The Decade that Was

WatchTime 10th Anniversary

You can’t see us, but we’ve got our party hats on. This September, WatchTime magazine celebrates its 10th birthday. To mark the event, we’re publishing in our September-October issue (on newsstands now) a 38-page special section on the wild, wacky watch decade that just ended. The bulk of the section is a rundown of the top 10 watch-related stories from 1999 until now. Here’s a glimpse at that top 10 (for a fuller view, you’ll have to read the magazine).

Claret Dual Tow

1. Maverick Mechanicals. Green liquid, tiny drive belts, entire movements that rotate inside their cases: it’s amazing what got into luxury mechanical watches. What would Thomas Mudge say?


Breitling B01 movement

2. Making it on Their Own. Mechanical-watch companies were gripped by the urge to go it alone, movement-wise. Now, many in the watch industry regard designing and making an in-house movement a rite of passage into the world of haute horlogerie.


Girard-Perregaux escapement

3. Reinventing the Wheels. The escapement has fascinated and frustrated watchmakers for centuries. This past decade brought a flurry of unorthodox escapements: Omega’s Co-Axial, the Ulysse Nardin Dual Direct, Girard-Perregaux’s constant force escapement, and many more.


New brand collage

4. Brand Bonanza. In the 21st century, everyone will have his own watch brand for 15 minutes. Or so it seems now, as new brands, especially high-end mechanical brands, keep on coming, recession be damned.


Richemont's Johann Rupert

5. Buy-Out Blowout. Wanna buy a watch company? It was a rare luxury-goods group that didn’t, particularly in the decade’s first years. The sale of the decade was the Richemont Group’s purchase of Jaeger-LeCoultre, IWC Schaffhausen and A. Lange & Söhne for a whopping $1.7 billion. There were other major acquisitions – TAG Heuer, Breguet, and Ebel, to name just three − and a slew of not-so-major ones as well.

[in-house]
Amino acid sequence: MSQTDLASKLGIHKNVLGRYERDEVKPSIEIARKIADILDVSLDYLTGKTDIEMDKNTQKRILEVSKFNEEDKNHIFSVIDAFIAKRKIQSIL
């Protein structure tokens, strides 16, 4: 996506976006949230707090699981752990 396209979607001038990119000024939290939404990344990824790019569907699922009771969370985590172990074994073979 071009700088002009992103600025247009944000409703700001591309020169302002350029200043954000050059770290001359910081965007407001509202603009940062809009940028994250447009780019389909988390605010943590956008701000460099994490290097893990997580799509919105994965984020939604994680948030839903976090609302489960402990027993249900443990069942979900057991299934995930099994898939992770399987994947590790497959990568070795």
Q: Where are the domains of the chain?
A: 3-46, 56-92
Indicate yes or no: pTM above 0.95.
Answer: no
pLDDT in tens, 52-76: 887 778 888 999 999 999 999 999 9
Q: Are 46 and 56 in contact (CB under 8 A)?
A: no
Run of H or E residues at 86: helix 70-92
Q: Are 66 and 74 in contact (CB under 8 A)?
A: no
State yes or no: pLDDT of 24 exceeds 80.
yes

Audemars Piguet carbon

6. New-Metal Mania. Kryptonite’s probably next, now that watch companies have exhausted every earthly material for use in cases and movements. Ever hear of Hublonium, Zenithium or Ultimum? No one had, until watch companies became obsessed with making their products lighter, stronger, and more resistant to corrosion.


Greubel Forsey's Quad Tourbillon

7. A Torrent of Tourbillons. Round and round it goes, and where it stops. . . .The tourbillon craze kept getting crazier, defying not only gravity but, some would argue, logic.


Doxa's web site

8. Net Gains. The watch world and World Wide Web got ever closer as the decade progressed. Watch companies that once shunned the Web now think it’s just swell.


Seiko Spring Drive Moonphase

9. Uncommon Quartz. Motion-powered, light-powered, spring powered, as accurate as an atomic clock: the already awesome quartz watch got better as companies strove to eliminate its few flaws.


Royal Oak T3 Offshore

10. To Boldly Grow. Just when you thought watches couldn’t get any bigger, they did, hitting 50 millimeters and ultimately 60.

There’s more in our recap of the decade: a fold-out timeline, a tribute to the watch legends who have died and a review of the decade’s roller-coaster economic rises and falls. Our editor, Joe Thompson, has also compiled a list of the top 10 surprises of the decade. Don’t miss any of it in WatchTime’s 10 Anniversary issue.

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